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Abstract

Video surveillance systems have become an indispensable tool for the security and organization of public and private areas. Most of the current commercial video surveillance systems rely on a classical client/server architecture to perform face and object recognition. In order to support the more complex and advanced video surveillance systems proposed in the last years, companies are required to invest resources in order to maintain the servers dedicated to the recognition tasks. In this work, we propose a novel distributed protocol for a face recognition system that exploits the computational capabilities of the surveillance devices (i.e. cameras) to perform the recognition of the person. The cameras fall back to a centralized server if their hardware capabilities are not enough to perform the recognition. In order to evaluate the proposed algorithm we simulate and test the 1NN and weighted kNN classification algorithms via extensive experiments on a freely available dataset. As a prototype of surveillance devices we have considered Raspberry PI entities. By means of simulations, we show that our algorithm is able to reduce up to 50% of the load from the server with no negative impact on the quality of the surveillance service.
https://doi.org/10.1007/s10723-018-9467-x
Distributed Video Surveillance Using Smart Cameras
Hanna Kavalionak ·Claudio Gennaro ·
Giuseppe Amato ·Claudio Vairo ·
Costantino Perciante ·Carlo Meghini ·Fabrizio Falchi
Received: 28 November 2017 / Accepted: 19 September 2018
© Springer Nature B.V. 2018
Abstract Video surveillance systems have become an
indispensable tool for the security and organization
of public and private areas. Most of the current com-
mercial video surveillance systems rely on a classical
client/server architecture to perform face and object
recognition. In order to support the more complex
and advanced video surveillance systems proposed
in the last years, companies are required to invest
resources in order to maintain the servers dedicated to
the recognition tasks. In this work, we propose a novel
distributed protocol for a face recognition system that
H. Kavalionak ()
University of Florence, via Morgagni 65, Firenze, Italy
e-mail: hanna.kavalionak@unifi.it
C. Gennaro ·G. Amato ·C. Vairo ·C. Perciante ·
C. Meghini ·F. Fal c h i
Information Science and Technologies Institute, National
Research Council (ISTI-CNR), Pisa, Italy
C. Gennaro
e-mail: claudio.gennaro@isti.cnr.it
G. Amato
e-mail: giuseppe.amato@isti.cnr.it
C. Vairo
e-mail: claudio.vairo@isti.cnr.it
C. Perciante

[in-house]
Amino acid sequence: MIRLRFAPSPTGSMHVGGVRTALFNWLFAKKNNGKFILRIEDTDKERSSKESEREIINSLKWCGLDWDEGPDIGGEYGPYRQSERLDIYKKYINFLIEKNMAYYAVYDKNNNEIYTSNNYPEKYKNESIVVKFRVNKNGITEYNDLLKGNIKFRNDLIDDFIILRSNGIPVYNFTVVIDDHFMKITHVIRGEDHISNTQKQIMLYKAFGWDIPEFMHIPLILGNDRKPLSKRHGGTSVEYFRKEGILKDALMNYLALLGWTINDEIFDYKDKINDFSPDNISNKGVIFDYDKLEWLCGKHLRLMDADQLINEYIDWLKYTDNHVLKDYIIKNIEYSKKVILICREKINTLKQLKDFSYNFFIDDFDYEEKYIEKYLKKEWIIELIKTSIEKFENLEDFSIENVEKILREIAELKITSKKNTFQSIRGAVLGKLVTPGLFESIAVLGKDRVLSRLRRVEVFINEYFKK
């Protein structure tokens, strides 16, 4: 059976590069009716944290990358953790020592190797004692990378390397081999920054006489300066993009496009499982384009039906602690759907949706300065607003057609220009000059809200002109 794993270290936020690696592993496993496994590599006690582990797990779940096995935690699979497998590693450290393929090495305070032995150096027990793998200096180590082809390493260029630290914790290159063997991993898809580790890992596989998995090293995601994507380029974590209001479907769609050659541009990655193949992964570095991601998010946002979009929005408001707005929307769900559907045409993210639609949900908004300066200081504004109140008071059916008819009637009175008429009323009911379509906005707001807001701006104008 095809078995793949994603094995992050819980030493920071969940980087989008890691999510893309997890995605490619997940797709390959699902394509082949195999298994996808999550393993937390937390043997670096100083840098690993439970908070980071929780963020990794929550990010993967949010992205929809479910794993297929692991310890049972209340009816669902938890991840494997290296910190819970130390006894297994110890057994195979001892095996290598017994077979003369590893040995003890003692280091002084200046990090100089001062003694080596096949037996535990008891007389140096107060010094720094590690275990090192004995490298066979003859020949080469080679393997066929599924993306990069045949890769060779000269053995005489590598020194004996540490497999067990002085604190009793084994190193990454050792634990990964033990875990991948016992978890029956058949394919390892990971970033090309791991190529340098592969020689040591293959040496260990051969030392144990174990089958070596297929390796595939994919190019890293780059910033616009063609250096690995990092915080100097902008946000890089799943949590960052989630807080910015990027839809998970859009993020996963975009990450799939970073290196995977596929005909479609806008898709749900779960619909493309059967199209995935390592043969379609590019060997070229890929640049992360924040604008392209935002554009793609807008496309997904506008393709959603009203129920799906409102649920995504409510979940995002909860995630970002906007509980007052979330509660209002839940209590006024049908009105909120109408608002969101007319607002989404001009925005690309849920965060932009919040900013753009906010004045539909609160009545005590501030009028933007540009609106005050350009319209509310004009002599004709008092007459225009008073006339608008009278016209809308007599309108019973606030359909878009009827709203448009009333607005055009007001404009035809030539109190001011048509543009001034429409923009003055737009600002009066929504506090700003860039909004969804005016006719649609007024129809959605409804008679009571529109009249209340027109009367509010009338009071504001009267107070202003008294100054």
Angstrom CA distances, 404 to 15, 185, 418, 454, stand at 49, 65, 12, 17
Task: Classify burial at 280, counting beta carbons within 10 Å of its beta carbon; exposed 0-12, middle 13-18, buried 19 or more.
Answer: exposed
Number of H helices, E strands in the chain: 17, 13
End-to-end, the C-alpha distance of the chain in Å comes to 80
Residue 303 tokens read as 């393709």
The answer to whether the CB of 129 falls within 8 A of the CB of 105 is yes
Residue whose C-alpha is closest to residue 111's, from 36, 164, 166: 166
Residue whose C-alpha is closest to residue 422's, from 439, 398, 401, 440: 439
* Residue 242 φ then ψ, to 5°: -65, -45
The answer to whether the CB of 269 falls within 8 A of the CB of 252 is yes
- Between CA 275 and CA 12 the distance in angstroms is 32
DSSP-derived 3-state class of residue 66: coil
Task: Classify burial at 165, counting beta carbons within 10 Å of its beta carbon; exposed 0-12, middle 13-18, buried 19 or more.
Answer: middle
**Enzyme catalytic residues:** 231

e-mail: costantino.perciante@isti.cnr.it
C. Meghini
e-mail: carlo.meghini@isti.cnr.it
F. Fa l c hi
e-mail: fabrizio.falchi@isti.cnr.it
exploits the computational capabilities of the surveil-
lance devices (i.e. cameras) to perform the recognition
of the person. The cameras fall back to a centralized
server if their hardware capabilities are not enough
to perform the recognition. In order to evaluate the
proposed algorithm we simulate and test the 1NN
and weighted kNN classification algorithms via exten-
sive experiments on a freely available dataset. As a
prototype of surveillance devices we have considered
Raspberry PI entities. By means of simulations, we
show that our algorithm is able to reduce up to 50%
of the load from the server with no negative impact on
the quality of the surveillance service.
Keywords Distributed architectures ·
Internet of things ·Video surveillance ·
Self-organization
1 Introduction
Video surveillance is of paramount importance in
areas like law enforcement, military and even for com-
mercial environment. A way to execute the surveil-
lance is to stream the data from the cameras to the
displays of the human operators, who are responsi-
ble to analyze the video. Human resources used in
the field of the video surveillance services are both
costly and not reliable. The person who is supposed
to follow and analyze the surveillance video cannot
keep the concentration for a long time, and can miss
J Grid Computing (2019) 17:59–77
/ Published online: 25 October 2018
Content courtesy of Springer Nature, terms of use apply. Rights reserved.
... Digital image and video processing is actually considered as very dynamic area with critical applications often encountered in our daily lives, such as military and commercial drones, computer vision, surveillance of sensitive areas, identification in access control, automated inspection of the industry and many other areas [1]- [3]. Although some applications do not require a high data processing capacity, while other embedded applications require strong constraints such as real time, power, cost, and so on [4]. ...
... As shown in Fig. 12, the IP includes two ports of type "Stream", it must work with another IP, type DMA (Direct Memory Access), the latter has the advantage of being directly linked to the RAM of the FPGA platform, it will handle the communication of the incoming and outgoing pixel stream of our IP convolution in a fast way. The proposed architecture also includes: 1) Block [1]: The convolution IP block is the designed HLS architecture, 2) Block [2]: The Zynq7 Processing System block is the block containing the embedded ARM processor, which will be used for the software architecture, 3) Block [3]: The AXI Interconnect0 block will handle the interconnections between the different blocks of the hardware architecture. 4) Block [4]: The AXI DMA block will read and write the pixel stream between the IP core and the RAM. ...
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